Search Resumes for Missing Plane in Indonesia

Relatives wait for news of the missing AirAsia plane at Juanda Airport, in Surabaya, Indonesia. EPA/FULLY HANDOKO

Jakarta (dpa) – Searchers scoured land and sea Monday for an AirAsia plane missing in Indonesia with 162 people on board, officials said.

AirAsia Indonesia flight 8501 disappeared from radar over the Java Sea after takeoff from Surabaya in East Java en route to Singapore on Sunday morning.

"Our suspicion for now is that the plane is at the bottom of the sea based on the last coordinates of the plane detected by the radar," Indonesia's National Search Agency chief Bambang Sulistyo said. 

"If it is at the bottom of the sea, we will have difficulty locating it because our equipment is not adequate," he said referring to specialized sonar technology to detect objects lying on the sea floor.  

He also said Indonesia might need help from countries such as France, Britain and the United States to provide a semi-submersible ship to lift any wreckage of the aircraft. 

Bambang said the search area had been expanded to include Bangka-Belitung Islands and the western part of West Kalimantan province, on the island of Borneo. 

Dozens of ships, boats and aircraft were involved in the operation, he said.

Singapore and Malaysia each deployed C-130 Hercules transport aircraft and three ships, he said.  

Indonesia's National Transport Safety Committee chief Tatang Kurniadi said investigators from aircraft maker Airbus had arrived in Indonesia to help with the probe.

The European Aviation Safety Agency had also offered to assist, he said. 

"Right now we don't have significant information about the aircraft," he said.  

The Airbus A320-200 last made contact with air traffic control in Jakarta to request permission to ascend to an altitude of 38,000 feet from 32,000 feet to avoid bad weather, the Transportation Ministry said. 

AirAsia said 155 of the people on board were Indonesians. The others included three from South Korea, and one each from Singapore, Malaysia, France and Britain.

The company said the pilot, an Indonesian named Iryanto, had 20,537 flying hours, 6,100 of which logged with AirAsia.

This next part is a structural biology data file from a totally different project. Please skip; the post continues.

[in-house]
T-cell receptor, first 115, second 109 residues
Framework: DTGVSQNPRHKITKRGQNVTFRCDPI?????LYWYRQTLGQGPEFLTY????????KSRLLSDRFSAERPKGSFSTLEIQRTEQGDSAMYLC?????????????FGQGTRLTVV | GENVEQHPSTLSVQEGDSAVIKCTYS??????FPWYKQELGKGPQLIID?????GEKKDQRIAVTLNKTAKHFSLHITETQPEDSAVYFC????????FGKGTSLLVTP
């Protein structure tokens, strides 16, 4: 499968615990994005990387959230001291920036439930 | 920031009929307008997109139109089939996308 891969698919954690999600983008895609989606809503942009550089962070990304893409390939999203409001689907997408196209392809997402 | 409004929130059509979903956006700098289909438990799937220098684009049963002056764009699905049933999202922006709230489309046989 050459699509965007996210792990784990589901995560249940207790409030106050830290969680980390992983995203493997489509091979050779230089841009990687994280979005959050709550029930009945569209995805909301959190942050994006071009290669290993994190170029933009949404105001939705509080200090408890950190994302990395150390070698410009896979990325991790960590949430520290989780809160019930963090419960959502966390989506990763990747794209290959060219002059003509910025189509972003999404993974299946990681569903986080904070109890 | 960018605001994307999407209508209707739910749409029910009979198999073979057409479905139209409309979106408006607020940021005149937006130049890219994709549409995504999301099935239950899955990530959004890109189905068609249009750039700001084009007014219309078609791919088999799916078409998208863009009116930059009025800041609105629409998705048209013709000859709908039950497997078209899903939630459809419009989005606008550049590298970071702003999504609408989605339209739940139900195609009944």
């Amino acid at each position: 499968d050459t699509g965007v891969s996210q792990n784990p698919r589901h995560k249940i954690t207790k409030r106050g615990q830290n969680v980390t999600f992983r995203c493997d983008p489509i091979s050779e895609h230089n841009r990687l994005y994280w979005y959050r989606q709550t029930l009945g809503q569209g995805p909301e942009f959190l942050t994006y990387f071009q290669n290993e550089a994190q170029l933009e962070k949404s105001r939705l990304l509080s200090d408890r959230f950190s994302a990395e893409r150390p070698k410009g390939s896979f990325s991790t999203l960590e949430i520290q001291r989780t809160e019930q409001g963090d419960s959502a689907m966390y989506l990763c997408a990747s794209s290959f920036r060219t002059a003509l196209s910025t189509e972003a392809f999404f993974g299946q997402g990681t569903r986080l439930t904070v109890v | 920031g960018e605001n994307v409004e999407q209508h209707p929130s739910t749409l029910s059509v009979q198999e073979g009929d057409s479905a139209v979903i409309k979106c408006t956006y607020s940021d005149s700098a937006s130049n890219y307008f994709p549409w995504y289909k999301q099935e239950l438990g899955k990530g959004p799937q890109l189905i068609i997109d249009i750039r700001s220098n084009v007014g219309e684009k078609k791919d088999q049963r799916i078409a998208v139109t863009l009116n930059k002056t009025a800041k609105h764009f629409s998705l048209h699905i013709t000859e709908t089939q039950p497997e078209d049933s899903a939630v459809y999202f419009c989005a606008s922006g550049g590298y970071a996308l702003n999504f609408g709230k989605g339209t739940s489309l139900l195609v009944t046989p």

The co-pilot was a French national with 2,275 flying hours, it said. 

Relatives of the passengers flocked to Surabaya's Juanda airport to hear news about their loved ones. 

Intan, said her brother, his wife, their baby and babysitter were on the plane. 

"Our hope is that the government will update us with the latest information and not cover up anything," Intan told TVOne broadcaster. 

Bambang Andreas said his daughter, a tour guide, was a passenger. 

"It was one of her frequent overseas trips," he was quoted as saying by the news website. 

AirAsia, based in Malaysia, has an "above average" safety record, said aviation expert and former Indonesian Air Force chief Chappy Hakim. 

"AirAsia has an excellent safety culture," he said. "This is probably the first major incident involving AirAsia."  

AirAsia chief executive Tony Fernandes said the airline had carried 220 million passengers since it began operating 13 years ago.

"Until today, we never lost a life," he said.

The flight's disappearance is the third air travel disaster this year linked to Malaysia.

Malaysia Airlines flight MH370 carrying 239 people vanished almost without a trace on March 8, one hour after departing Kuala Lumpur for Beijing.

On July 17, Malaysia Airlines flight MH17 went down over rebel-held territory in eastern Ukraine, killing all 298 passengers and crew on board the flight from Amsterdam to Kuala Lumpur.


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